The Marines who helped push Saddam Hussein from power have started to spend their time discouraging looting, patrolling streets and bridges and destroying discarded weapons before they can be used to commit crimes.

"The mission has changed," Maj. Dan Healey, commander of Baker Company in the 1st Battalion, 7th Marine Regiment, told his troops today. "Its like the Wild West out there, and we want to help life get back to normal."

The new posture, Healey acknowledged, requires a high degree of judgment and flexibility on the part of young Marines. No longer are they authorized to treat any Iraqi carrying a weapon as an enemy or destroy any vehicles speeding down the road toward them. Every Marine must assess each individual situation to determine the level of threat.

"A guy with a weapon is no reason to throw him down on his face in the street -- some of them are just trying to defend their families," Healey said. "We have neither the capacity, nor the intent, to keep this place shut down, but there are some things we can do to make it easier to govern."

Traffic flows were restored today over some streets and bridges that had been closed since the Marines arrived in Baghdad on Wednesday. Marines driving on the streets in combat vehicles were told to begin obeying local traffic laws, Healey said.

In the middle-class neighborhood of Jadria this morning, the Marines reopened the 14th of July Bridge, which spans the Tigris River. Two days earlier, residents had helped them set up a roadblock at its entrance and offered them food, tea and hot showers, said Sgt. Stephen Christopher, 23, of Derry, N.H., as he manned a checkpoint near a cluster of stucco homes.

Locals also repeatedly asked the Marines to intervene to prevent looting, Christopher said. But the troops have not been endowed with policing authority, meaning that they could only detain those hostile to U.S. forces. "We don't want to risk the lives of Marines to intervene in every fight between civilians going on out there," Healey said.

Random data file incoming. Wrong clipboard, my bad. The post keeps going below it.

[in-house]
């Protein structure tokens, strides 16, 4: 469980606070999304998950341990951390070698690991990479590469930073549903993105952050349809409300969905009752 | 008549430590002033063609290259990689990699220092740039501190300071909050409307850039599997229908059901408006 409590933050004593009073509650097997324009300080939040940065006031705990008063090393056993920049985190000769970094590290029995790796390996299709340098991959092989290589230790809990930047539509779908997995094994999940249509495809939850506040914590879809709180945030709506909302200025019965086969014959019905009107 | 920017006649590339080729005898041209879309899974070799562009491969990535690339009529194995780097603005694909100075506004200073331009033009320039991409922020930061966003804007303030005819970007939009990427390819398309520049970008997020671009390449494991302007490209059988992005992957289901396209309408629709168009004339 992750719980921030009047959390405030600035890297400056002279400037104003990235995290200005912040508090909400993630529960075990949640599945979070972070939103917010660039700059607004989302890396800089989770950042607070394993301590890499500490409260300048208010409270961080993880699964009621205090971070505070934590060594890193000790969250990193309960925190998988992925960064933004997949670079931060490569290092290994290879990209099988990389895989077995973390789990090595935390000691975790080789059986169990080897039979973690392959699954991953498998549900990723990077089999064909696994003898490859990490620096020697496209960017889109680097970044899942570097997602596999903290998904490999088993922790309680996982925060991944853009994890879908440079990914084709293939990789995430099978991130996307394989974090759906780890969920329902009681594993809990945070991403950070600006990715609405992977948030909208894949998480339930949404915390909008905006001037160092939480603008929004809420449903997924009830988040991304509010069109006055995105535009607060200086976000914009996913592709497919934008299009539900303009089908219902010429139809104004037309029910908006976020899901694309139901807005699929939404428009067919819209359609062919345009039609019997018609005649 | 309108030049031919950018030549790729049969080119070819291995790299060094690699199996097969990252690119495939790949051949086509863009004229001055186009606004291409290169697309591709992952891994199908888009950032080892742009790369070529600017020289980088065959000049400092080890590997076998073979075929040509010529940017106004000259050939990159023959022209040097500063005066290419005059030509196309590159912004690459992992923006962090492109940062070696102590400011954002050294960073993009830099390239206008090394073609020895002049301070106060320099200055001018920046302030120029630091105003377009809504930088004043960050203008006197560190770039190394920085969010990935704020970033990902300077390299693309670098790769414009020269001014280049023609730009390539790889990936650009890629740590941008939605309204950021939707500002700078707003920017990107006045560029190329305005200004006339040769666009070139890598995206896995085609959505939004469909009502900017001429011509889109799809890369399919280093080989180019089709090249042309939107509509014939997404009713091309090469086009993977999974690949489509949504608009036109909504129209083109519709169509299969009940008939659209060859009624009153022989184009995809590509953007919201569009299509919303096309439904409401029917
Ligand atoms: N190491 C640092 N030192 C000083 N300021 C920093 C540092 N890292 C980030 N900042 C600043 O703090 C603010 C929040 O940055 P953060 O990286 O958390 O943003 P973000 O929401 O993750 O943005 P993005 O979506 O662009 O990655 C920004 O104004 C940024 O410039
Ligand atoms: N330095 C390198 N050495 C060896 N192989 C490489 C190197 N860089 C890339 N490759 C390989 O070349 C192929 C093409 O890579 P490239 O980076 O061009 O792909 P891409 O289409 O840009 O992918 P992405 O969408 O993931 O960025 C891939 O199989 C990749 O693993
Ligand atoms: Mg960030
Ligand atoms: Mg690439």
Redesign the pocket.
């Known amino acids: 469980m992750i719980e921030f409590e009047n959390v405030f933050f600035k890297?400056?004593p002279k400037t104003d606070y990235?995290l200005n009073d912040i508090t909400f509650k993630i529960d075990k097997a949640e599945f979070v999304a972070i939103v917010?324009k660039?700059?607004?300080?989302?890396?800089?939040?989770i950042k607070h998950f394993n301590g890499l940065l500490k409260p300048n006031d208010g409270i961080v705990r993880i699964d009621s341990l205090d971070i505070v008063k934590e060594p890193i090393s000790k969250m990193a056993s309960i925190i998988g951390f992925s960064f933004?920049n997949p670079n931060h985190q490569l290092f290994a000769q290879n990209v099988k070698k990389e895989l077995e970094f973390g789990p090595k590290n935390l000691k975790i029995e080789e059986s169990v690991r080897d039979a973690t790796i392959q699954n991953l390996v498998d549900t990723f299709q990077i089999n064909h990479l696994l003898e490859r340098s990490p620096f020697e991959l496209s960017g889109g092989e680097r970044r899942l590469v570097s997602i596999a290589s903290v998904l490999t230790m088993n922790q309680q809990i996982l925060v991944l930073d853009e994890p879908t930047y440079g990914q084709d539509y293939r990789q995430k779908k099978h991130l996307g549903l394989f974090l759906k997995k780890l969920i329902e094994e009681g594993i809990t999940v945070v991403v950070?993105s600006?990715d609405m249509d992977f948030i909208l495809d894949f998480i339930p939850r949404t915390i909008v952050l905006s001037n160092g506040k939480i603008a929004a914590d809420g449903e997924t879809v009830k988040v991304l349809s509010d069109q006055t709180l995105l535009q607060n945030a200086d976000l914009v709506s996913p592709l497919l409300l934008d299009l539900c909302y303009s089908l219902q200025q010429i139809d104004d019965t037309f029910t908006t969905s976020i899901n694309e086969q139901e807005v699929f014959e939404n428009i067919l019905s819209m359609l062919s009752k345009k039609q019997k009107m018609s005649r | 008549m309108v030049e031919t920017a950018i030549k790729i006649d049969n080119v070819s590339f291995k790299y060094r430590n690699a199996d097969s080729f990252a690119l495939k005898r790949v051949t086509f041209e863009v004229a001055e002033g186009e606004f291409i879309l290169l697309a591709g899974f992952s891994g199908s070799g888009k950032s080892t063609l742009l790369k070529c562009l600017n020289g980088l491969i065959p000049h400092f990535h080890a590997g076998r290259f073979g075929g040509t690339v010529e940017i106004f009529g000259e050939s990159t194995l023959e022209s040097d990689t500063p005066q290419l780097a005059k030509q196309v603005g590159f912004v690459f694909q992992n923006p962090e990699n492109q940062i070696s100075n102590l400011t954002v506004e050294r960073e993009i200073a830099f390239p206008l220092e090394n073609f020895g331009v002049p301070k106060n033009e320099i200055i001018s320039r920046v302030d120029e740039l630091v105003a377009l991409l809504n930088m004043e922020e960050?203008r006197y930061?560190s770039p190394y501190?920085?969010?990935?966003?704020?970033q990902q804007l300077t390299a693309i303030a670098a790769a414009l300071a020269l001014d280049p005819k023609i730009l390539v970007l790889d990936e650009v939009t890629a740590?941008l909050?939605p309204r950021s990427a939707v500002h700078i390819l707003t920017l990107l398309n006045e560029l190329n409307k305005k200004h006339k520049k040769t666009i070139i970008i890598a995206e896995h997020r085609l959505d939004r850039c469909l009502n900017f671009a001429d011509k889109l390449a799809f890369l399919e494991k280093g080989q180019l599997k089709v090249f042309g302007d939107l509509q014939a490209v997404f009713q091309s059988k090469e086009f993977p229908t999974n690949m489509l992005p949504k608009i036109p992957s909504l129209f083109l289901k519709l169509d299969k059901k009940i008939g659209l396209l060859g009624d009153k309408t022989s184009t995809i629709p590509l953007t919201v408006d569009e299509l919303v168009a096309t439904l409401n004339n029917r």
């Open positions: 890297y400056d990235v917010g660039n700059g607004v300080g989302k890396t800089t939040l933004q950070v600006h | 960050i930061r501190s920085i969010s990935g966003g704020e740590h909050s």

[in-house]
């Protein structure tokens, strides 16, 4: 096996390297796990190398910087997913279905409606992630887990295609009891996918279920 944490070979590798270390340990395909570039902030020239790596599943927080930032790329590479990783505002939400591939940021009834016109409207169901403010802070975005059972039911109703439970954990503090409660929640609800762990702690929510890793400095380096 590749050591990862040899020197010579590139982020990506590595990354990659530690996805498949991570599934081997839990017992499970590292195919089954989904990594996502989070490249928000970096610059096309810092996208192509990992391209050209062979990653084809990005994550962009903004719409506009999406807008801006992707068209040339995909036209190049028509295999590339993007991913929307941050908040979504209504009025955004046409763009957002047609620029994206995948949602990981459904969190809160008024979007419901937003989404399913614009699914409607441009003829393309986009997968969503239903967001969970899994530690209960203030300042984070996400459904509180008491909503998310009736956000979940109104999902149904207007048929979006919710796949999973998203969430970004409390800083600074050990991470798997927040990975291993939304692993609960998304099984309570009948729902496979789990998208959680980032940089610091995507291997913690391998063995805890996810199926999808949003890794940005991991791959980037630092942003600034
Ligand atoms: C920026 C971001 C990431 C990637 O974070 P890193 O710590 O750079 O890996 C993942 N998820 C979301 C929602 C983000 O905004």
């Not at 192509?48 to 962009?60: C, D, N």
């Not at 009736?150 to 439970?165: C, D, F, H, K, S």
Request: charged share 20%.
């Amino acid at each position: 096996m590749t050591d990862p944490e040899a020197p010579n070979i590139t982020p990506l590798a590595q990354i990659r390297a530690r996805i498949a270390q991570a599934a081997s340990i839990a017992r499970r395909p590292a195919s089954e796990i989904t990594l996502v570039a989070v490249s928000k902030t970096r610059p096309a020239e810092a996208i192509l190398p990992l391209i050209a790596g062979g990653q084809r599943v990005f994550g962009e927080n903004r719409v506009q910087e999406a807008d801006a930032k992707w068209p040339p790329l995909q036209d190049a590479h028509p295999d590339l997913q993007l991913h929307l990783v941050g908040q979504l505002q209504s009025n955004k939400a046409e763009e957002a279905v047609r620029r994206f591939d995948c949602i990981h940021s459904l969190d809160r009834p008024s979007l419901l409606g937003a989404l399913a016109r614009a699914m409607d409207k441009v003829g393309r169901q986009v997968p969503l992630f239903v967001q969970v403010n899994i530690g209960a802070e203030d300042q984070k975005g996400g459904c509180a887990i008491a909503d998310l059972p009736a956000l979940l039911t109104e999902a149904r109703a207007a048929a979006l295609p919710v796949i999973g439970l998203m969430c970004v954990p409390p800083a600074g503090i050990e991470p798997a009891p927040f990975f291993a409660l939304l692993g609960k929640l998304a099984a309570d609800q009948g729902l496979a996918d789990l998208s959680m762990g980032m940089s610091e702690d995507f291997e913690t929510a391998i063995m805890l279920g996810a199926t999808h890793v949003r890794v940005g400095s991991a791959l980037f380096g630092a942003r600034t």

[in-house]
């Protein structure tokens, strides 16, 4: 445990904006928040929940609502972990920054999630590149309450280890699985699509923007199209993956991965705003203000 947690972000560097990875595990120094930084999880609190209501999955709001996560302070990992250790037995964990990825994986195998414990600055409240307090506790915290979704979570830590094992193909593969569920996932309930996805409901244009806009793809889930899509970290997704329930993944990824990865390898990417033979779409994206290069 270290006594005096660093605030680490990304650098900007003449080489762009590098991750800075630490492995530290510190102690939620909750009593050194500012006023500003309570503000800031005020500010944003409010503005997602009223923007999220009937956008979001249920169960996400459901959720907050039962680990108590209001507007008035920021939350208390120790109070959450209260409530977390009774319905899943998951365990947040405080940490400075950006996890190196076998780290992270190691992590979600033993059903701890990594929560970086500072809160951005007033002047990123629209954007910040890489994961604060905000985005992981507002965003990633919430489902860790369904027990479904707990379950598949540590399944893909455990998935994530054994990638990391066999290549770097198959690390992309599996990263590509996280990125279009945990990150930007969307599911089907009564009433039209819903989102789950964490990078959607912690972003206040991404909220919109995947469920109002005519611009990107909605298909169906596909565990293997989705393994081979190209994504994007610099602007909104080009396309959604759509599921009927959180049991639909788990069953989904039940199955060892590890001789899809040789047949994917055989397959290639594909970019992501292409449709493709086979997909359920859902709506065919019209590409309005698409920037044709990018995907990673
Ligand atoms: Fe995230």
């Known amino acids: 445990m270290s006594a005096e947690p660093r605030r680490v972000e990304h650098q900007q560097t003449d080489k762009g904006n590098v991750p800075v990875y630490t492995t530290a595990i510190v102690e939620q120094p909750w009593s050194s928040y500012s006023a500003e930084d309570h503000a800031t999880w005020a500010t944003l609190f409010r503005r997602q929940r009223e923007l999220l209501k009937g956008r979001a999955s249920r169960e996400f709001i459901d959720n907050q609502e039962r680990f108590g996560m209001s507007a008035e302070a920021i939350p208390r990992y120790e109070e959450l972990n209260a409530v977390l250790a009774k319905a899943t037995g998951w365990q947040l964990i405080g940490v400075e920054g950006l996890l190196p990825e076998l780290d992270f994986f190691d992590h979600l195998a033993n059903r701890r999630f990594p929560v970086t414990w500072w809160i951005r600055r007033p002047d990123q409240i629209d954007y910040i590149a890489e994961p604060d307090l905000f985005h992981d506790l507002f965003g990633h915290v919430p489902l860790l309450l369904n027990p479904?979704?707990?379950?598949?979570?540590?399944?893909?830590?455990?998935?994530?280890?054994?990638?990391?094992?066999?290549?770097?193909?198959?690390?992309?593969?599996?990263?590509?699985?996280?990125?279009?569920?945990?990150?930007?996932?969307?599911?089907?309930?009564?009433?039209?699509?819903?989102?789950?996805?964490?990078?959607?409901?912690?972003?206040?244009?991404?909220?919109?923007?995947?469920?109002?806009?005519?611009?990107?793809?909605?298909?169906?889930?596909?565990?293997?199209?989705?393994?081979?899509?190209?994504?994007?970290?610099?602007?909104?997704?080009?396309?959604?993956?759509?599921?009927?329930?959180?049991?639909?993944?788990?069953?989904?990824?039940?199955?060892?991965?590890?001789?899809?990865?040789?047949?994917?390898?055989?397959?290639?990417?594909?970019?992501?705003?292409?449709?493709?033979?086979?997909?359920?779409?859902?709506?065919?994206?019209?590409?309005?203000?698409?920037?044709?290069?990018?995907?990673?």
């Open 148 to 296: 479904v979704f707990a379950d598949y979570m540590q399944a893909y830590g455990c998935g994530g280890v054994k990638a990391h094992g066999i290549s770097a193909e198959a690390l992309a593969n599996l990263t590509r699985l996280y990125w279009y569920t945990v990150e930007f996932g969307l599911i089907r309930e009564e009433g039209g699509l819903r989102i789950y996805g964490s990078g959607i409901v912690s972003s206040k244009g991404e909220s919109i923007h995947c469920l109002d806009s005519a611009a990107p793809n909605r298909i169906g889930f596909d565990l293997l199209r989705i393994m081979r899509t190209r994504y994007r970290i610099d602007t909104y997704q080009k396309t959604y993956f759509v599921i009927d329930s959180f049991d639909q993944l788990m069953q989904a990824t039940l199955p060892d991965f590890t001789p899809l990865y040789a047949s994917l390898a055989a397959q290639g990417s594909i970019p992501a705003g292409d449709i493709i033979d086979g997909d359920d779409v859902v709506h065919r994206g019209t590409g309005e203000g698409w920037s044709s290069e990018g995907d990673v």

The Marines are, however, working with locals to keep their streets safe. Residents of Jadria formed a neighborhood watch in recent days that alerts the Marines to the presence of anyone they deem suspicious. Those found with weapons or deemed dangerous for other reasons are escorted away. Locals said they appreciated the assistance, but that restoring a normal way of life will require more than security.

"We feel safer now than we did, but we still have no electricity and no running water," said a 31-year-old resident and former employee of the Foreign Ministry, who asked not to be identified by name. He said he had not been to work since the war began three weeks ago. "We still feel trapped. They don't always let us come and go as we please."

A few blocks away, residents directed Marines to six Chevrolet pickup trucks with heavy machine guns mounted in their beds, which were stashed under palm fronds on a quiet residential street. Next to the trucks, they found green uniforms with the trademark red triangle of the Republican Guard alongside boxes of grenades and ammunition. A full bowl of rice, a shaving kit and shoe polish were found nearby, suggesting a hasty departure.

"They brought those trucks here right after the American army attacked the airport," said an electrical engineer who lives in the neighborhood. "A few days before the U.S. troops came here, they just left." This afternoon, the Marines began towing the vehicles and their dangerous contents to a more remote location so they could be destroyed with explosives.

"We asked the Marines not to blow them up here, because there are people who live here," said the engineer, a father of three. "We feel safer now than before they got here. Anyone could have come and taken [the vehicles]."

Marine commanders said they recognize that maintaining stability on the streets of Baghdad will be a challenge that will likely outlast their presence in the city. Some units began taking a formal inventory of their equipment today, a process they must complete before packing up to return home.

Meantime, protection of Marines will be the main focus, Healey said, but other priorities will evolve. "We're like a dog that has been chasing a car," he said. "Now that we've caught it, we're trying to figure out what to do with it."

A resident of downtown Baghdad complains to a U.S. Marine that his neighborhood has no protection against looters. Although the troops are attempting to discourage looting, they do not have the authority to arrest perpetrators.